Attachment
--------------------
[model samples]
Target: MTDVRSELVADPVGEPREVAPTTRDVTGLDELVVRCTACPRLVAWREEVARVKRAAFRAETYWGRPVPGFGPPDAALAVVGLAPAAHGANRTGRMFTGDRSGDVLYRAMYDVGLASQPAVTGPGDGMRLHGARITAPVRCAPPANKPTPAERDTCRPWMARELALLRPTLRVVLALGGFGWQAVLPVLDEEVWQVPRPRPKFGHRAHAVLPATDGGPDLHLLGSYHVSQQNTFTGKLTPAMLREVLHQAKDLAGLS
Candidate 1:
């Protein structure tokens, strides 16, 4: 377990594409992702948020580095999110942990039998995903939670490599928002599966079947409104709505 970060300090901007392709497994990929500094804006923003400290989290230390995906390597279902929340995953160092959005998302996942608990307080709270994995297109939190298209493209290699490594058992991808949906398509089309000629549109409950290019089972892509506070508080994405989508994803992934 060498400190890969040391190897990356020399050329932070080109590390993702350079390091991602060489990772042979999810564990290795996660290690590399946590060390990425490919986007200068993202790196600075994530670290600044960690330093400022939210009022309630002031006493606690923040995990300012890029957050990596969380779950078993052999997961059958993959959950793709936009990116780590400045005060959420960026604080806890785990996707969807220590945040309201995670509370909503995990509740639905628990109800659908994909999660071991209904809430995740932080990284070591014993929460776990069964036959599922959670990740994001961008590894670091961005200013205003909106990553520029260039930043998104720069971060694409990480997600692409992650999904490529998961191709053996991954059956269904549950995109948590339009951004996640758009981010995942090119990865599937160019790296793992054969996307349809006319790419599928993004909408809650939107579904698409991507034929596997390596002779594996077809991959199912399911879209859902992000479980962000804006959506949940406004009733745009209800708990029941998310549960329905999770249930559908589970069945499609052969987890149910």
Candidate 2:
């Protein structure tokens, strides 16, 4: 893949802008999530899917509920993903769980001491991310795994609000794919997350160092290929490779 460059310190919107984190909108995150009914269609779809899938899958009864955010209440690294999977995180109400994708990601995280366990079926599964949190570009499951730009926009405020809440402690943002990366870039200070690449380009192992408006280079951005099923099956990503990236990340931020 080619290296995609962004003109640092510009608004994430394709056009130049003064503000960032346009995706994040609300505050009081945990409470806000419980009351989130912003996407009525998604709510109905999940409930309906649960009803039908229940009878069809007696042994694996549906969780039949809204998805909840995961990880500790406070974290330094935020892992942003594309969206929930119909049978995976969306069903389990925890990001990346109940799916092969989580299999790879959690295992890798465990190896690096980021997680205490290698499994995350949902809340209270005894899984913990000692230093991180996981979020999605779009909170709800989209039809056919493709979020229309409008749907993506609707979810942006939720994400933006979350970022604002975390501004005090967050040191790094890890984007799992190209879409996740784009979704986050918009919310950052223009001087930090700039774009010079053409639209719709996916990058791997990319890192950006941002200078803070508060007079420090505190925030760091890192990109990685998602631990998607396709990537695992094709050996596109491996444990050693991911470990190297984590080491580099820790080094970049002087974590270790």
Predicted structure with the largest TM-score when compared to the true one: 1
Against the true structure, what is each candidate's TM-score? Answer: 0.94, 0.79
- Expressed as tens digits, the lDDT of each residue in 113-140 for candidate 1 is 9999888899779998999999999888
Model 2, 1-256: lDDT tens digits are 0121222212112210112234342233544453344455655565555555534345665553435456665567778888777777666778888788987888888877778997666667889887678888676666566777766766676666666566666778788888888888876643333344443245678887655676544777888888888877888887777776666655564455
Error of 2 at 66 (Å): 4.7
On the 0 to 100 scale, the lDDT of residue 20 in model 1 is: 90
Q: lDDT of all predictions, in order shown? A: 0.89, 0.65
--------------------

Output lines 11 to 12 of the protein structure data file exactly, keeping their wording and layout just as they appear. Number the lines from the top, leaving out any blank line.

Error of 2 at 66 (Å): 4.7
On the 0 to 100 scale, the lDDT of residue 20 in model 1 is: 90